MAC: Mines and Communities

Canada Uranium update

Published by MAC on 2008-02-27

Canada Uranium update

27th February 2008

Ottawa City Council has passed a resolution calling for a moratorium on uranium mining in eastern Ontario.

In a passionate sermon for Lent, the Rev. David Spivey, a United Church Minister, denounced the imprisonment of Bob Lovelace of the Ardoch Algonquin First Nation for his role in peaceful protests against Frontenac Ventures' proposed uranium mine on Algonquin land.

Declared David Spivey: "[Lovelace] believes there are greater interests to protect than just our own. And he is right"

Ottawa council calls for uranium moratorium in eastern Ontario

CBC News

27th February 2008

OTTAWA (CBC) - Ottawa city council is urging Ontario Premier Dalton McGuinty to temporarily ban uranium prospecting, exploration and mining in eastern Ontario and the Ottawa River watershed.

The council voted 18-1 Wednesday in favour of a motion calling on the province to impose the moratorium immediately and to keep it in effect until:

- All environmental and health issues related to uranium mining are "resolved."

- There are settlement plans for all related aboriginal land claims.

The same motion calls on the province to do a public review of its 1990 Mining Act.

The motion had been recommended by the city's community and protective services committee after the city received a petition with 1,000 signatures opposing uranium mining and exploration in eastern Ontario.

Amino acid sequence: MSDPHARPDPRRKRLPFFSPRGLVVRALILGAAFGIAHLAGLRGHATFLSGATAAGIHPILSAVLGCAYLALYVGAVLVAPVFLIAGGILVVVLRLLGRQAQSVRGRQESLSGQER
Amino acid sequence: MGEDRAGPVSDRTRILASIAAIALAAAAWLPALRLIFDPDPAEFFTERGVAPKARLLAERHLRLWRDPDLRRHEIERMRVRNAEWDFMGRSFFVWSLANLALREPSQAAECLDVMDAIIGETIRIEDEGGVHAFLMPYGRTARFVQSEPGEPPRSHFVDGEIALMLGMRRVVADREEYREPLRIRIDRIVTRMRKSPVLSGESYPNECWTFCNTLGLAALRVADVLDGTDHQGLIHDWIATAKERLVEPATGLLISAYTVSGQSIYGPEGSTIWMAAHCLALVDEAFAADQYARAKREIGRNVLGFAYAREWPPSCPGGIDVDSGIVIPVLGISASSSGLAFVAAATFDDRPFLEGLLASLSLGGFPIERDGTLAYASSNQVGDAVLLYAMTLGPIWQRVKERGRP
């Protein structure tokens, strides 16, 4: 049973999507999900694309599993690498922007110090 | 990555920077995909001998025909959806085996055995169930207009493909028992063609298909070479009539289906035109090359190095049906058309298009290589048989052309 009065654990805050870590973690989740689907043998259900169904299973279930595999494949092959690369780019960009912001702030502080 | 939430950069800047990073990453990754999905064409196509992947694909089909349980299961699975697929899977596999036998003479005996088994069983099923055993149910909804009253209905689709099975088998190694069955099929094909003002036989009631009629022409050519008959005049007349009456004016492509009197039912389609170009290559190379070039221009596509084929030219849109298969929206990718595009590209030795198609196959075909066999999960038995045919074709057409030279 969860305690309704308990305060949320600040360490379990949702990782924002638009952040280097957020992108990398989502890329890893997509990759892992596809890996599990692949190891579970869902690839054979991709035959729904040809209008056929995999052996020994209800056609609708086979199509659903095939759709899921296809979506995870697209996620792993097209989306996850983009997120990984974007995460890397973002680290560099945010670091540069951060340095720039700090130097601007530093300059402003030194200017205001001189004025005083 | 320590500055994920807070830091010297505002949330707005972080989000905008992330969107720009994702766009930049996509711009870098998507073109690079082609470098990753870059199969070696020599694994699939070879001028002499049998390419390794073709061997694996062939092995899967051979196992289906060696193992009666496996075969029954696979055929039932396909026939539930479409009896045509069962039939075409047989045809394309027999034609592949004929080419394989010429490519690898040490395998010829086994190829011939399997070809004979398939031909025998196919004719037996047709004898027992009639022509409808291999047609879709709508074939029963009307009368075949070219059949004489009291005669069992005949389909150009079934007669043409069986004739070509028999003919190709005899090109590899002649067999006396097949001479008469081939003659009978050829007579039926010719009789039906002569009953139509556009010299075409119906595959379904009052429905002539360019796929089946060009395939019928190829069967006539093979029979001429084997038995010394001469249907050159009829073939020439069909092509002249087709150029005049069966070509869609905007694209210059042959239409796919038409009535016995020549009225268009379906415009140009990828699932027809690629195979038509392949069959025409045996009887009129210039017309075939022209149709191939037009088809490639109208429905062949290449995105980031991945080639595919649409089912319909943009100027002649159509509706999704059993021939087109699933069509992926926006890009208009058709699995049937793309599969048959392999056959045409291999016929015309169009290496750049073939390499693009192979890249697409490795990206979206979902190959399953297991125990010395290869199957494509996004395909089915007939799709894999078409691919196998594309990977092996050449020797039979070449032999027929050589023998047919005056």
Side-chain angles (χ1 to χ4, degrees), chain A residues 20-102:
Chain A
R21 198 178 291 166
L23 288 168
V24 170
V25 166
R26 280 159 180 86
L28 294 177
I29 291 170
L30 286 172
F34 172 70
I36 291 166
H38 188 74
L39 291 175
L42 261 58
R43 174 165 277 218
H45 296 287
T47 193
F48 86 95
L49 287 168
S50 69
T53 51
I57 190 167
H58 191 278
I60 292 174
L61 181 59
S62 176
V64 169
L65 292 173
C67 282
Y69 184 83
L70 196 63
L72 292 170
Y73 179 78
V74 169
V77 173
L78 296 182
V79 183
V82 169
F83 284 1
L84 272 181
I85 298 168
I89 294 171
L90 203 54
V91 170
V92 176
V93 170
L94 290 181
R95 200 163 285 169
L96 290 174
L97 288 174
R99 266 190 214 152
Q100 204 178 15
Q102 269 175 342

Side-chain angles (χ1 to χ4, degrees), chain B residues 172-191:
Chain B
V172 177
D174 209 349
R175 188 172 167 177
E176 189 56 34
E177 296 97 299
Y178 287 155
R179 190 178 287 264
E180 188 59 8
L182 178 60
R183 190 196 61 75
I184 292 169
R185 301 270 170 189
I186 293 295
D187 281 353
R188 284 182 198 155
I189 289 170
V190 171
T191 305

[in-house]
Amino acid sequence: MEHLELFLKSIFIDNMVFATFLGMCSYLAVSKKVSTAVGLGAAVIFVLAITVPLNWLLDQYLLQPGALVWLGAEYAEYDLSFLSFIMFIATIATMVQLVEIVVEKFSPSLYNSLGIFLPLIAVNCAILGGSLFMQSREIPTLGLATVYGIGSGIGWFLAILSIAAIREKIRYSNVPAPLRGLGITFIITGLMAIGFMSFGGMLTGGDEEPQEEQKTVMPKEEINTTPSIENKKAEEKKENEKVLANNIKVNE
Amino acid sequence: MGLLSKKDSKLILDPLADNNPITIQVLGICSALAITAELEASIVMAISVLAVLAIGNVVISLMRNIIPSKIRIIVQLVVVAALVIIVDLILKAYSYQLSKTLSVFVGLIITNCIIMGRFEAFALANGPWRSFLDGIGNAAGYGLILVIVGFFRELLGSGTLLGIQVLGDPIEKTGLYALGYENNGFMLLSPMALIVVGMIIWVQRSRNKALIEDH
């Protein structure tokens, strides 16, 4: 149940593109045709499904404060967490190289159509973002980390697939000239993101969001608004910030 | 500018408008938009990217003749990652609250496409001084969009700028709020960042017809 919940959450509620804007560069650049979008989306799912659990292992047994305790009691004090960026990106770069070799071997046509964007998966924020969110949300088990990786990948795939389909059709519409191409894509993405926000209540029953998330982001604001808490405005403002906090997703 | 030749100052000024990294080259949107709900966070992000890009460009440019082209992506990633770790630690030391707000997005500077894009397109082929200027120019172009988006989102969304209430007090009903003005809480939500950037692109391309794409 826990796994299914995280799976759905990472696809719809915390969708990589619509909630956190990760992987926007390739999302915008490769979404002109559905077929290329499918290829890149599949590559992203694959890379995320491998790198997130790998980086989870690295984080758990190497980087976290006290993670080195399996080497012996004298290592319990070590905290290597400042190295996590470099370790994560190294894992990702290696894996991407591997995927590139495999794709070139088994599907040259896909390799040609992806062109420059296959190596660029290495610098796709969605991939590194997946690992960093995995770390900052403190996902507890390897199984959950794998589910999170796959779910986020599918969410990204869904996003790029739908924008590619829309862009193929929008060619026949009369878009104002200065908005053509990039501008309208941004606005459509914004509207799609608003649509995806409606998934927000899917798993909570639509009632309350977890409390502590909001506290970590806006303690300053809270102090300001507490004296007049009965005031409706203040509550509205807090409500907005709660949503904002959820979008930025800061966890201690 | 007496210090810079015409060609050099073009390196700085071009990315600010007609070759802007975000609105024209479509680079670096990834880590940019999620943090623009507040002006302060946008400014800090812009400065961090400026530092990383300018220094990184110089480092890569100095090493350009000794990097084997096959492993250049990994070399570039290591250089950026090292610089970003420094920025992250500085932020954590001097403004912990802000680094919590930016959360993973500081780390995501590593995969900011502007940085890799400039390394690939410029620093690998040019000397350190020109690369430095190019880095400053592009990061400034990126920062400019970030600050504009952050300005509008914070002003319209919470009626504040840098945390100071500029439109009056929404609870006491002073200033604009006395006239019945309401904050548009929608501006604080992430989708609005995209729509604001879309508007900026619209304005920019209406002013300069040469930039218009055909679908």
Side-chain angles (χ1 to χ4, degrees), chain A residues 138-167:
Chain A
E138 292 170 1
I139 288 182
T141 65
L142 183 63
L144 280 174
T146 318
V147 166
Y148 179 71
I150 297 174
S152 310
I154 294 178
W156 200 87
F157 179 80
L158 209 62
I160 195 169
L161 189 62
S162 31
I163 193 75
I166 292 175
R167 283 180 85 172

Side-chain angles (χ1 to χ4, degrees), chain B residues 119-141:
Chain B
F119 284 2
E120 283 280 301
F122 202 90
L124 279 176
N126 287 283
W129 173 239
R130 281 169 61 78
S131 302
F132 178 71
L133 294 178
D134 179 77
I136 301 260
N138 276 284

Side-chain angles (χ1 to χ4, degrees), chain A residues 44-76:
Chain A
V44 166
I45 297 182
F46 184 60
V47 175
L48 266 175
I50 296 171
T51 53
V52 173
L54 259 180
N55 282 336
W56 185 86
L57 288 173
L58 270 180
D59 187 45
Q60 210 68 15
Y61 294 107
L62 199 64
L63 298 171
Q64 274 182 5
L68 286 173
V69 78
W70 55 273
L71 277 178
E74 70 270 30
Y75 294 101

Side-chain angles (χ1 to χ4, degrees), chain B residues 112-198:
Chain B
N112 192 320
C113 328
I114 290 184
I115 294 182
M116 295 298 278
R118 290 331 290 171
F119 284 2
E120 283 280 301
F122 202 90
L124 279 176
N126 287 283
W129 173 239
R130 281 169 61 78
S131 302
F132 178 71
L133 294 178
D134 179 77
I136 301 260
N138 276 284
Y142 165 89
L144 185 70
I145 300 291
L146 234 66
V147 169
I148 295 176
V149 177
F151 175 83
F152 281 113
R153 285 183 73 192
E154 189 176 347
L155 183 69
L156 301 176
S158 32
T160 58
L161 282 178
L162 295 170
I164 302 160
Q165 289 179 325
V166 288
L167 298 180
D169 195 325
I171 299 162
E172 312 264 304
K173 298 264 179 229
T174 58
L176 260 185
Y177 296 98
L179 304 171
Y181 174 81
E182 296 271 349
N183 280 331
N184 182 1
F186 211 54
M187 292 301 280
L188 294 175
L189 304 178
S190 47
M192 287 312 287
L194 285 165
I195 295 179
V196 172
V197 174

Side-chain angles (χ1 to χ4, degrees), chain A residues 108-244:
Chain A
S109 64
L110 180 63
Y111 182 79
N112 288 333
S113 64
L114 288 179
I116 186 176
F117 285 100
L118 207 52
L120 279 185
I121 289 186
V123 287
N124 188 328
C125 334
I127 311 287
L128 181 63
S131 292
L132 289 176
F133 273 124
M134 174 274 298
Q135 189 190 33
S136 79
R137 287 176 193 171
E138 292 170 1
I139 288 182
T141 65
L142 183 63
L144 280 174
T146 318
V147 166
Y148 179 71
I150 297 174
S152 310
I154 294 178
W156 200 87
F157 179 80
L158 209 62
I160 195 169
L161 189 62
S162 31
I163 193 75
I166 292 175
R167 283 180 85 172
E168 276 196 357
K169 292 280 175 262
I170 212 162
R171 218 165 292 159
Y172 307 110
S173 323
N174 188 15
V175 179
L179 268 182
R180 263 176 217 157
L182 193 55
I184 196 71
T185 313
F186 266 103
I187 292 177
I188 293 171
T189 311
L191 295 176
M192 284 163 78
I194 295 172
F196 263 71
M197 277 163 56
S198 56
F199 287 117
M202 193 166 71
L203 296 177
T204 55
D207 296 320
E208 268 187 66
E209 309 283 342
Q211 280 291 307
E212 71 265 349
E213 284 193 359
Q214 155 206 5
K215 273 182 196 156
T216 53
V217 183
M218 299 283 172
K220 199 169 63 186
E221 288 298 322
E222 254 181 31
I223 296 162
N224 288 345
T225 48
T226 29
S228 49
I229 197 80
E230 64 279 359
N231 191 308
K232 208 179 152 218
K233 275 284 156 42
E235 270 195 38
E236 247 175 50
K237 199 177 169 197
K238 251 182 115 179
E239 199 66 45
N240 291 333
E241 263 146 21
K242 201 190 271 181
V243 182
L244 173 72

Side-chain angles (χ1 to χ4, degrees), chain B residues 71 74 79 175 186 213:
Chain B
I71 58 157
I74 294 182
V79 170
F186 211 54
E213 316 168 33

It had also received a call for help from the Ardoch Algonquin First Nation near Sharbot Lake, Ont., which has been fighting uranium exploration on land it claims as its own. The site is about 100 kilometres southwest of Ottawa.

Councillors voice concerns

Before passing the motion, many councillors, including Marianne Wilkinson, expressed concern about the potential health risks of uranium mining.

"With a large urban centre, you've got to be very careful with how you're exposing the radioactive materials," she said. "We certainly don't want it getting into the Ottawa River, which is our drinking water supply."

David Salisbury, the city's chief medical officer of health, said a mine in Sharbot Lake could pose a health risk in Ottawa.

"It doesn't take much from a run-off point of view to get into the aquifer and then contaminate that aquifer and make that unusable for human consumption," he said. "Removing heavy metals from human water supplies is very difficult."

The lone councillor who voted against the motion, Gord Hunter, argued that the council was overstepping its jurisdiction, as mineral rights are a provincial responsibility.

He added that he is concerned that the city has only heard from uranium opponents and isn't getting the other side of the story.

He also said he is not sure the risks are as serious as opponents say.

Nuclear power using uranium as fuel is one of the "best proven alternatives" to burning fossil fuels as a source of electricity, Hunter said. The uranium mining industry has also attracted new residents to areas such as Elliott Lake, Ont., and Uranium City, Sask., he said.

A community and protective services committee report on the issue noted that under the Mining Act, licensed prospectors have a statutory right to stake mining claims and conduct assessment work on the given properties even if the surface rights are privately held.